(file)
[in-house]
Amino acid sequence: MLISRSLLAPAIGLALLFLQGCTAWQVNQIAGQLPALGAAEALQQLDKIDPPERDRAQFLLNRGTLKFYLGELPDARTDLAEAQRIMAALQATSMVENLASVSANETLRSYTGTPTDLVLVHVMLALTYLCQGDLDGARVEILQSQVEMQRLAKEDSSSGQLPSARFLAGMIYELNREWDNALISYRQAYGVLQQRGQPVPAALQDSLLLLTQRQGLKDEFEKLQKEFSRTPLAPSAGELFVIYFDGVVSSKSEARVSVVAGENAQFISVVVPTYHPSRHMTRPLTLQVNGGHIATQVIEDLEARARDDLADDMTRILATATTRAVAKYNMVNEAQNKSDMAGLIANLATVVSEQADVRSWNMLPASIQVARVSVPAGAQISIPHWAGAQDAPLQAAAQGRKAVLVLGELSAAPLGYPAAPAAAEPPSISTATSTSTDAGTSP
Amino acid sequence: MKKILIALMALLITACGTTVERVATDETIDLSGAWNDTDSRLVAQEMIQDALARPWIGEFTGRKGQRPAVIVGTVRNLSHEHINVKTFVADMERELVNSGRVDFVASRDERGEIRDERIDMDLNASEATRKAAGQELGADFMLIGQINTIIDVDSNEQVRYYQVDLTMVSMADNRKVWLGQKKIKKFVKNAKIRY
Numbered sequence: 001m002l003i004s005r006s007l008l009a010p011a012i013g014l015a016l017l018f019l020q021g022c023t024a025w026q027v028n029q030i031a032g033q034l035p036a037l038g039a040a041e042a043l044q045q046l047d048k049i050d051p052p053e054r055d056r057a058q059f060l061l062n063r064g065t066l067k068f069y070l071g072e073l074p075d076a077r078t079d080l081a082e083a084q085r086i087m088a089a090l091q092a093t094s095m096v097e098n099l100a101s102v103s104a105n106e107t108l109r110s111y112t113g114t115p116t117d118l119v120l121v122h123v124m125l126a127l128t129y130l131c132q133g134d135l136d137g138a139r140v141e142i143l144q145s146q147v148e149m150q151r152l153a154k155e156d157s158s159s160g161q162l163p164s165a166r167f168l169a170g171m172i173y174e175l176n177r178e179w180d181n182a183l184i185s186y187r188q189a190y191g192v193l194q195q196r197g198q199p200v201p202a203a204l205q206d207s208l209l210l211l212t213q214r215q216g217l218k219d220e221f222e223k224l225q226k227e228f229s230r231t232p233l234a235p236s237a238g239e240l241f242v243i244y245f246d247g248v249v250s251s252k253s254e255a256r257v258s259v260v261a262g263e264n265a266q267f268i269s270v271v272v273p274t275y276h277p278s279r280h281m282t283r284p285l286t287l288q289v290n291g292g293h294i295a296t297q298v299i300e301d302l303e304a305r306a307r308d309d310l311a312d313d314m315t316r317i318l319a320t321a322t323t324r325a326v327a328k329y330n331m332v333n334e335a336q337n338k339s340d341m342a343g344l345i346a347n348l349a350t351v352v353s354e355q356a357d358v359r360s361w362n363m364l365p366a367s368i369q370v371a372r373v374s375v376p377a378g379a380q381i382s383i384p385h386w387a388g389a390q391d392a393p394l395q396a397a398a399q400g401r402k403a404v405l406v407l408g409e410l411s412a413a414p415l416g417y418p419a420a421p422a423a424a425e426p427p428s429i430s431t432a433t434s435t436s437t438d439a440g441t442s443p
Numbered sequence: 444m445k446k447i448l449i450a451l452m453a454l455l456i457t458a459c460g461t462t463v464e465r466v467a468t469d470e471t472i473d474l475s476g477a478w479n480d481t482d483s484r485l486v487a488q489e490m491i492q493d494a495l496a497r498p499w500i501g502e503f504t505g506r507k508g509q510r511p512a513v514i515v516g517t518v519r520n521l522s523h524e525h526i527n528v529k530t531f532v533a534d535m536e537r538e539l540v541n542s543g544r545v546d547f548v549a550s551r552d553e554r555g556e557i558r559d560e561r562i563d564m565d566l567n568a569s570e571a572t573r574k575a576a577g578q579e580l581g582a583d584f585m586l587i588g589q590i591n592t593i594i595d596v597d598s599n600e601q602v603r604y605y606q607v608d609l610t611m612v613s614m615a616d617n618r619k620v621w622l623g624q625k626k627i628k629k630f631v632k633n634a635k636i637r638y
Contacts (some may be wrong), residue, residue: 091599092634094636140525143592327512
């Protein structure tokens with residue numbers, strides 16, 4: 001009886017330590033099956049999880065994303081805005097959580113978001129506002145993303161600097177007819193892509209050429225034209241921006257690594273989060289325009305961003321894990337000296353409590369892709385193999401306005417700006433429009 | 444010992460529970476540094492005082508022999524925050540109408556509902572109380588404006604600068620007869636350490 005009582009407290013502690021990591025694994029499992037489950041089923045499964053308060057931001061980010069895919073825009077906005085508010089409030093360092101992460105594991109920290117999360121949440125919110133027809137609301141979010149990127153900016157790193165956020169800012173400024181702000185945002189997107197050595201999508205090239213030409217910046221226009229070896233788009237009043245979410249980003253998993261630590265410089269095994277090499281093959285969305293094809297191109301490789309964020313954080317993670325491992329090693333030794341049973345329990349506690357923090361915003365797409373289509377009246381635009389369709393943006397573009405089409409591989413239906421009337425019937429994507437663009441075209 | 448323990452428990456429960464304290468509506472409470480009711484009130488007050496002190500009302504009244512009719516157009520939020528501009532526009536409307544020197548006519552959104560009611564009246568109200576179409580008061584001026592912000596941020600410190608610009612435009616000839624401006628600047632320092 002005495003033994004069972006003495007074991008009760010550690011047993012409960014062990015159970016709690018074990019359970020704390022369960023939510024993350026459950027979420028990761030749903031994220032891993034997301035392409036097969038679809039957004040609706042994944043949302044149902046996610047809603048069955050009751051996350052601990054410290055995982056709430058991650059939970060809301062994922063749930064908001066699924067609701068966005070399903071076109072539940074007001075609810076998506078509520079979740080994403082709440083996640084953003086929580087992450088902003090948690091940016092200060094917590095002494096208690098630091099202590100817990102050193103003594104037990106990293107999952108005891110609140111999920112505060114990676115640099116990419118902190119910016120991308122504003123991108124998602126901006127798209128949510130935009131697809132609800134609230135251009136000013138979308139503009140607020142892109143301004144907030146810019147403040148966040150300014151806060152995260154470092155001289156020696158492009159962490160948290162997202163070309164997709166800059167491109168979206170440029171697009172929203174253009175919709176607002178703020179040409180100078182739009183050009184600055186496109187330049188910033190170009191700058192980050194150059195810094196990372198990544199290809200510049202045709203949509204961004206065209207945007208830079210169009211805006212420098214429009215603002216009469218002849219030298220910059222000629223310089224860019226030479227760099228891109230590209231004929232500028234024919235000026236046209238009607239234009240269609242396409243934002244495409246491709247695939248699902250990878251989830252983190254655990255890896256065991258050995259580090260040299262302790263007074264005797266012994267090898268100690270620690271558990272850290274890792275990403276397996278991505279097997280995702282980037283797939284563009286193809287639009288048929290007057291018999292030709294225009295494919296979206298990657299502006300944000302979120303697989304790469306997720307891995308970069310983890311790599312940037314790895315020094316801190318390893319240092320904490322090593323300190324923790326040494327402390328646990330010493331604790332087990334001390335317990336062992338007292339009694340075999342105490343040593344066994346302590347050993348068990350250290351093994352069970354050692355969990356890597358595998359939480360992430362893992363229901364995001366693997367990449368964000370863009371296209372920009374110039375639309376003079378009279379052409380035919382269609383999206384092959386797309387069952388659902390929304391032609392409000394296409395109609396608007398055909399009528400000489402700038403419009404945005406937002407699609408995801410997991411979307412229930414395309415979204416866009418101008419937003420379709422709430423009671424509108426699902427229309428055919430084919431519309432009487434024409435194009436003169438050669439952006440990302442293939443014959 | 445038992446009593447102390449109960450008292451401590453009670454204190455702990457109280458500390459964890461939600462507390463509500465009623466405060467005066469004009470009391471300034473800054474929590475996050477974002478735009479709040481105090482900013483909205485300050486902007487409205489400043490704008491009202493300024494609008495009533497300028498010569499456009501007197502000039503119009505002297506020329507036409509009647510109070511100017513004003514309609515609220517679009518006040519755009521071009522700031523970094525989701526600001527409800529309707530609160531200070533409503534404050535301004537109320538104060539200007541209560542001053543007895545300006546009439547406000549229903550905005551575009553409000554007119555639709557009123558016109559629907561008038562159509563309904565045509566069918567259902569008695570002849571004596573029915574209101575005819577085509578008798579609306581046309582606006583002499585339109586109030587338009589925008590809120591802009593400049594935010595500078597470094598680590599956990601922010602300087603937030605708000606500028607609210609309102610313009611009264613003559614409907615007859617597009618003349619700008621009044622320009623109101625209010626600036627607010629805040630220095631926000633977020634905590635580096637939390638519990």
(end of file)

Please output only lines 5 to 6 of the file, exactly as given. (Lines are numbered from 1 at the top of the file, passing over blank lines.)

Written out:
Numbered sequence: 444m445k446k447i448l449i450a451l452m453a454l455l456i457t458a459c460g461t462t463v464e465r466v467a468t469d470e471t472i473d474l475s476g477a478w479n480d481t482d483s484r485l486v487a488q489e490m491i492q493d494a495l496a497r498p499w500i501g502e503f504t505g506r507k508g509q510r511p512a513v514i515v516g517t518v519r520n521l522s523h524e525h526i527n528v529k530t531f532v533a534d535m536e537r538e539l540v541n542s543g544r545v546d547f548v549a550s551r552d553e554r555g556e557i558r559d560e561r562i563d564m565d566l567n568a569s570e571a572t573r574k575a576a577g578q579e580l581g582a583d584f585m586l587i588g589q590i591n592t593i594i595d596v597d598s599n600e601q602v603r604y605y606q607v608d609l610t611m612v613s614m615a616d617n618r619k620v621w622l623g624q625k626k627i628k629k630f631v632k633n634a635k636i637r638y
Contacts (some may be wrong), residue, residue: 091599092634094636140525143592327512